Oklahoma Senate committee green lights bill to give scholarships to future teachers

A bill that would give scholarships and bonuses to future teachers received a do pass recommendation from the Senate Appropriations Committee.

House Bill 3564, which would create the Oklahoma Future Teacher Scholarship and Employment Incentive Program, is designed to address teacher shortages and pipeline issues Oklahoma is facing, said Sen. Dewayne Pemberton, R-Muskogee, one of the sponsors of the bill.

The measure would grant annual $1,000 scholarships for students in teacher education programs in their first three years. The scholarship would increase to $2,500 for the student’s final year, according to the bill. The maximum amount of scholarship funds each student can receive would be capped at $5,500.

Once graduated and teaching professionally, recipients would get an annual $4,000 bonus in their first four to five years of teaching.

The total cost for the program was estimated at $41 million over a span of nine to 10 years, Pemberton said during Wednesday’s committee meeting.

“What research has shown is if we keep a teacher in education for five years, those first two to three years are the toughest, that they will continue in education and more likely stay the majority of their career, so we think this is a good expenditure of state dollars,” Pemberton said.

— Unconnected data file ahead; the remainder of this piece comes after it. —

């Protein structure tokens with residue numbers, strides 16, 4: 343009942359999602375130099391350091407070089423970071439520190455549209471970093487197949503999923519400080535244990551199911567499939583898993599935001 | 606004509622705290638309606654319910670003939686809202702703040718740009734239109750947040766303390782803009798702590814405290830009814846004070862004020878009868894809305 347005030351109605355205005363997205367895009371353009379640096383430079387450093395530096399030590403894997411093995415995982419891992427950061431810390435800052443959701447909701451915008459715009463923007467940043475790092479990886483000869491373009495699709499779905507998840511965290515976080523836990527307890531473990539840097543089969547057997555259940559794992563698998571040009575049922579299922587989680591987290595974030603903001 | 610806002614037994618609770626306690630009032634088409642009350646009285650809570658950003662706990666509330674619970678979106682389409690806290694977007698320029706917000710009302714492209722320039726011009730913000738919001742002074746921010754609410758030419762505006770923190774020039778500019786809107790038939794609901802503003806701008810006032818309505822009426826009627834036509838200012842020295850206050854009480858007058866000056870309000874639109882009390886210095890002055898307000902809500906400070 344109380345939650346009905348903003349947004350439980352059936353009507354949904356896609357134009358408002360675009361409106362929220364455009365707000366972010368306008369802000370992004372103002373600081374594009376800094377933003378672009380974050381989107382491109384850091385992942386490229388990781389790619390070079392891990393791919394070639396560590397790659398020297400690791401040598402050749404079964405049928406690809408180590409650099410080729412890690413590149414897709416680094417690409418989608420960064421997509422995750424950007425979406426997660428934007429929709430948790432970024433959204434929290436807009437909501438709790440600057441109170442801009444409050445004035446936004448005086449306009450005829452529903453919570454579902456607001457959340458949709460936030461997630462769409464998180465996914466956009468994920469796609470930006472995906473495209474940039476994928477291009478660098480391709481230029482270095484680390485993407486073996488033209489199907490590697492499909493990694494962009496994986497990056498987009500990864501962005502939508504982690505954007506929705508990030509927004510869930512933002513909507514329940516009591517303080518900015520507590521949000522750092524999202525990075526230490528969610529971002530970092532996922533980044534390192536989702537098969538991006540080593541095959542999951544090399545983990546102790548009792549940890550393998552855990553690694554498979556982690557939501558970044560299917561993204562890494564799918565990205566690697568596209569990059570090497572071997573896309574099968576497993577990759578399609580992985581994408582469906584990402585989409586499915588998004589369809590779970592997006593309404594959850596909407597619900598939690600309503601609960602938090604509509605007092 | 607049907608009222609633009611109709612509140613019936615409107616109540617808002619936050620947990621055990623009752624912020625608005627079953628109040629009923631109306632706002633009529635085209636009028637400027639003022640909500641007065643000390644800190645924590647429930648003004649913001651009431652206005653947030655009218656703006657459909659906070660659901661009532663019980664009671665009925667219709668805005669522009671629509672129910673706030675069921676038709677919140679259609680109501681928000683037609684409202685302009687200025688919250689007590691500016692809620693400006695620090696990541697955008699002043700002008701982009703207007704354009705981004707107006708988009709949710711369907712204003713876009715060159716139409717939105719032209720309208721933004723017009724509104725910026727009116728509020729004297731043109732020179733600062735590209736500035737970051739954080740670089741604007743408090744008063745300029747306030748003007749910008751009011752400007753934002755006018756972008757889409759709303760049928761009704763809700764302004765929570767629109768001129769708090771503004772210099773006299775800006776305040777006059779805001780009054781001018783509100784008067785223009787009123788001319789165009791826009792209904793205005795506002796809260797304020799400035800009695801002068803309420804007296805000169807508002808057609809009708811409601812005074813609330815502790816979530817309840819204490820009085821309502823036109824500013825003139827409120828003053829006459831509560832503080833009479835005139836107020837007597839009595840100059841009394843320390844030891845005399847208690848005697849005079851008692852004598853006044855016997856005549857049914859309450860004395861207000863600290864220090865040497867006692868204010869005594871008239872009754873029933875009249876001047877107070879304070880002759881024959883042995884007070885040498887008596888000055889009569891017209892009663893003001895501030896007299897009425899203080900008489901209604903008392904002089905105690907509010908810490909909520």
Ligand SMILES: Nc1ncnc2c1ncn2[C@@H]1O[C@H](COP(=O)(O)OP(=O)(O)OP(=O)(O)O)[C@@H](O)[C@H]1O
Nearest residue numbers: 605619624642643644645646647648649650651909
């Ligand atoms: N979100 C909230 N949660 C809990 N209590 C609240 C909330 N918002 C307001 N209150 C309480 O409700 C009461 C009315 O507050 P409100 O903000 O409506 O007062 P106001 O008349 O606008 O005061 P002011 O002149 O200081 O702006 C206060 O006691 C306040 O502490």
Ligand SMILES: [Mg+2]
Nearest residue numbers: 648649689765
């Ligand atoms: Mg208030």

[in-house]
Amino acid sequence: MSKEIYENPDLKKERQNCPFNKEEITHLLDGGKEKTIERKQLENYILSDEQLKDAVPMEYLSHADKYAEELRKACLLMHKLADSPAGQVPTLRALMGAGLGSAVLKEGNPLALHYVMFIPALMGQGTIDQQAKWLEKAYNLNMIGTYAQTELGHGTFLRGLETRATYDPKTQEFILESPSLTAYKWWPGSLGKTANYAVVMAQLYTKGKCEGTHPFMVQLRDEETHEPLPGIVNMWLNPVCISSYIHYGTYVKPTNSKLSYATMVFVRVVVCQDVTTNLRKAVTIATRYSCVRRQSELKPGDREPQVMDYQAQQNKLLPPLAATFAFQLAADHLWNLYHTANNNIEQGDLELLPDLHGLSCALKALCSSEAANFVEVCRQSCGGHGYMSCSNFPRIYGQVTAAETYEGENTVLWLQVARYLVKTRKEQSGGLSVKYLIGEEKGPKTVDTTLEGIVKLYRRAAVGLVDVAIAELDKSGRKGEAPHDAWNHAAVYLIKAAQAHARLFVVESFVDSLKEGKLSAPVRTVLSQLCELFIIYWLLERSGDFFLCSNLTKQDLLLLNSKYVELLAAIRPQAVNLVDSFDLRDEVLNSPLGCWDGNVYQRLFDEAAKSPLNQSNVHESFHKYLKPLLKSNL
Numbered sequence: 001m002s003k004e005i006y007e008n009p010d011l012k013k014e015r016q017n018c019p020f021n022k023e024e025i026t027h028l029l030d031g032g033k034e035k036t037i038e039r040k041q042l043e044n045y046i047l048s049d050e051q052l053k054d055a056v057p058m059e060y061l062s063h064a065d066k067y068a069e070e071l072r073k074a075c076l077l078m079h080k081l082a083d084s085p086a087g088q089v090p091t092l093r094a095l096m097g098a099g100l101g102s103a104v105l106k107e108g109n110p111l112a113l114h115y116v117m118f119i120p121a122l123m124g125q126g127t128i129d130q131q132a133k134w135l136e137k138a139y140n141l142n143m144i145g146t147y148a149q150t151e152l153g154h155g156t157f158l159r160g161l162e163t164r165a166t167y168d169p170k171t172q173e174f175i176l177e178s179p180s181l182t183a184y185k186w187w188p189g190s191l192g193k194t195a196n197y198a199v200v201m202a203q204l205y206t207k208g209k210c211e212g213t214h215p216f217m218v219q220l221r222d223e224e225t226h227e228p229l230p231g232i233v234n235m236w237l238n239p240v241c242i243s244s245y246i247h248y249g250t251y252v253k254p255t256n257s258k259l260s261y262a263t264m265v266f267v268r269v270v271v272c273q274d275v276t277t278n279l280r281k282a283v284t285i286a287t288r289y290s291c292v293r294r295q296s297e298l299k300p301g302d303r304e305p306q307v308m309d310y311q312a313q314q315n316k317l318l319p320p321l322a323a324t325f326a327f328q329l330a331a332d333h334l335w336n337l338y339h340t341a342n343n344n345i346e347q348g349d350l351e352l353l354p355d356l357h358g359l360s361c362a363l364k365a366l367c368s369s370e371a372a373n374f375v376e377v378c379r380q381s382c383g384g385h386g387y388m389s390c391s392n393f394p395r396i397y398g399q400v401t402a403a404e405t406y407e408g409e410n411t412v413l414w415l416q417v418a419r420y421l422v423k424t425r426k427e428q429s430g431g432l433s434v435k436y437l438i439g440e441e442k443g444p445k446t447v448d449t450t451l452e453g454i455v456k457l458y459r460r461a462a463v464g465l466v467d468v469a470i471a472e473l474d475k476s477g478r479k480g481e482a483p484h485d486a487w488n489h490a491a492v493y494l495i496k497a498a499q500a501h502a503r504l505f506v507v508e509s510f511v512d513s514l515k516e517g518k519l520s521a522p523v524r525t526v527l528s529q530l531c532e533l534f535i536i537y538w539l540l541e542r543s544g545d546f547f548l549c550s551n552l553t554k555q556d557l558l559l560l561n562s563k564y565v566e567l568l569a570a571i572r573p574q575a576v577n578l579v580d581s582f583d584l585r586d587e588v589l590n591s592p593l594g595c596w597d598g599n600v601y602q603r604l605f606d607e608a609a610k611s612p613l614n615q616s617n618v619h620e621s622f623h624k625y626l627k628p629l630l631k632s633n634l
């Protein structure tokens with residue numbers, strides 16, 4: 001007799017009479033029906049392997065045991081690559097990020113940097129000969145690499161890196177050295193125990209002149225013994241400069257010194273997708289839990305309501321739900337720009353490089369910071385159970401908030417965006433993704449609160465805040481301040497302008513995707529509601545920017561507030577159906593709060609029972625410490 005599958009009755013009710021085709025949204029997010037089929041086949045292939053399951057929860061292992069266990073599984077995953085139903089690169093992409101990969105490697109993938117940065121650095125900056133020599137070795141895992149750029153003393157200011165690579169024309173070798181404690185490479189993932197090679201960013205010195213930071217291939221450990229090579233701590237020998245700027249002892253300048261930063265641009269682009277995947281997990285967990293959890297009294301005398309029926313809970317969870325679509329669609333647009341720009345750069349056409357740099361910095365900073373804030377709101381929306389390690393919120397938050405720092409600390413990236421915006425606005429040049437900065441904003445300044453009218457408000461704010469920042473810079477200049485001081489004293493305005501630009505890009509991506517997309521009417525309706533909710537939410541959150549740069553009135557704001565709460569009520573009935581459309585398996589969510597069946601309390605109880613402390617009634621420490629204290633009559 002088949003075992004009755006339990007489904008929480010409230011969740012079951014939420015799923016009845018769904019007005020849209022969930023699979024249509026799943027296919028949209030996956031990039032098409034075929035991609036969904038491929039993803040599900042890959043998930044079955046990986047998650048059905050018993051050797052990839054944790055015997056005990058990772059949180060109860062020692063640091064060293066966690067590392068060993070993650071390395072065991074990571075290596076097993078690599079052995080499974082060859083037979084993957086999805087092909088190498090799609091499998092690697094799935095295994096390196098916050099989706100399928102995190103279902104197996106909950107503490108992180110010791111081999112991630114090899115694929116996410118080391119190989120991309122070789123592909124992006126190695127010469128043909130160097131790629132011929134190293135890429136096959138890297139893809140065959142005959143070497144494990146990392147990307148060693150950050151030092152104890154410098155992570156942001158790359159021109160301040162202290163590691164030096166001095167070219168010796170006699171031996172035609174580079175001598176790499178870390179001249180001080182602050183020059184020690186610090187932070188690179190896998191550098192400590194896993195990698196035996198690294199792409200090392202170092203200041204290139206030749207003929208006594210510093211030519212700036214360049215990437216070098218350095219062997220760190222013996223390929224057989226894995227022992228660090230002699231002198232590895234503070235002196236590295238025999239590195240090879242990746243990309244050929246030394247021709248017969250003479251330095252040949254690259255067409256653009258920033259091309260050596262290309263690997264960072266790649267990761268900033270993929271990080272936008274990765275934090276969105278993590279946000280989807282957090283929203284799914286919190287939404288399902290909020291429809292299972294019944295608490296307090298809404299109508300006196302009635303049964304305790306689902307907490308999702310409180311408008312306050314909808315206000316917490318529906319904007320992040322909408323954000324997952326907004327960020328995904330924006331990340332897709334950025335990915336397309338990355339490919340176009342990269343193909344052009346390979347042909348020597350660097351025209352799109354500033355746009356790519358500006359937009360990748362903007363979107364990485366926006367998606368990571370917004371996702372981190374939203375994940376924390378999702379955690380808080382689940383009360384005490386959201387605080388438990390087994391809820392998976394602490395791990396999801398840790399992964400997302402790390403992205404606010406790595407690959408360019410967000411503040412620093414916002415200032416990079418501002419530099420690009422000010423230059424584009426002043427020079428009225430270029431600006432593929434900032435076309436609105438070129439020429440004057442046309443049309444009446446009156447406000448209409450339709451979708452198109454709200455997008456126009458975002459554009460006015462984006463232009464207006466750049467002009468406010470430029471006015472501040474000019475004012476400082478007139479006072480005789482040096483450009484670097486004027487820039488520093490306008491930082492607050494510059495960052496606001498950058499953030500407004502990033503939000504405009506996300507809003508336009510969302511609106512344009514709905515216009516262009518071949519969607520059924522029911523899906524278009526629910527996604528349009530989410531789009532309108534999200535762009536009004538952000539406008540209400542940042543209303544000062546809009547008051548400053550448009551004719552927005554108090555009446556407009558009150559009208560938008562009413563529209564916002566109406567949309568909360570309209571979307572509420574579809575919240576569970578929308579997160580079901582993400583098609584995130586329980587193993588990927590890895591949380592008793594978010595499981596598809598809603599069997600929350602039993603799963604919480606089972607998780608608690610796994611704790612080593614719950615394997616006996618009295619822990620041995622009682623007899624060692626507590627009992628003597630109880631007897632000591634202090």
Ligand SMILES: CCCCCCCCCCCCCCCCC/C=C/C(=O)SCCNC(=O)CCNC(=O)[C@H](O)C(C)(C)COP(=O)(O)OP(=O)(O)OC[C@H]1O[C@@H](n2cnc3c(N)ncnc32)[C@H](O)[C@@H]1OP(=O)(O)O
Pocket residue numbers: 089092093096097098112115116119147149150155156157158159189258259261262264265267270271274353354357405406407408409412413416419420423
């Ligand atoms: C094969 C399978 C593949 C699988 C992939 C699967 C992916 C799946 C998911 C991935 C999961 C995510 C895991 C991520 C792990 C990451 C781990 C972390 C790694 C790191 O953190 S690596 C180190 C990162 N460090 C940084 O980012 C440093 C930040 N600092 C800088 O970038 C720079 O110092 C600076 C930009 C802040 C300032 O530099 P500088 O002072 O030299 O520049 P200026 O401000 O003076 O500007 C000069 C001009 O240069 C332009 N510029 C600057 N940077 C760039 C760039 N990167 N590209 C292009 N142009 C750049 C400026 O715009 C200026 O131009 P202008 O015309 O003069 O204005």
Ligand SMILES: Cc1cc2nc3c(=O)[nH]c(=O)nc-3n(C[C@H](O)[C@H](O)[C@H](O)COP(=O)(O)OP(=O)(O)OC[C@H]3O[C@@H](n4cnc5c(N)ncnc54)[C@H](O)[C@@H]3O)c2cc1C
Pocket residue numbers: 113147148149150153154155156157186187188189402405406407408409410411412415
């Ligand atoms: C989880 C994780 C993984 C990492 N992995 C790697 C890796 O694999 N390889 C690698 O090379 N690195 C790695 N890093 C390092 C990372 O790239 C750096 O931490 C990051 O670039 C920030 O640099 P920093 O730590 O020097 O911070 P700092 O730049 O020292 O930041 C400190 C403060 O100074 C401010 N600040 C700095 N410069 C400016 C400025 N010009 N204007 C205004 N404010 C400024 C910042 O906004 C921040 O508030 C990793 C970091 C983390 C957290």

Oklahoma saw the highest number of emergency certifications ever issued over the past year, according to Pemberton. He said the state is about 3,800 teachers short.

“Why have we seen such a reduction in the number of students entering into an education college?” Sen. Dave Rader, R-Tulsa, asked.

Pemberton said it was difficult to say definitively what factors are contributing to the teacher decline.

“If you look back at some of the things that have been done at the state Department of Education as far as checking back with and surveying teachers that have left the field and what they think the biggest problem is, funding, scholarship (and) opportunities are always in that top three,” Pemberton said.

Rader also questioned whether the program would be enough to attract the number of teachers the state needs. Pemberton said that was the million-dollar question.

“We feel like this is, when talking to education professionals in the field, they feel like this is a great opportunity and a great start for that,” Pemberton said. “And those first four or five years for someone who just gets out of college and they’re on the bottom end of the salary schedule, they don’t make a lot of money.”

If passed, information about the scholarship would go out to all the schools and student counseling services to make prospective students aware of the financial aid available to them.

The House passed the bill last month. It now heads to the Senate floor for full approval.

This article was originally posted on Oklahoma Senate committee green lights bill to give scholarships to future teachers

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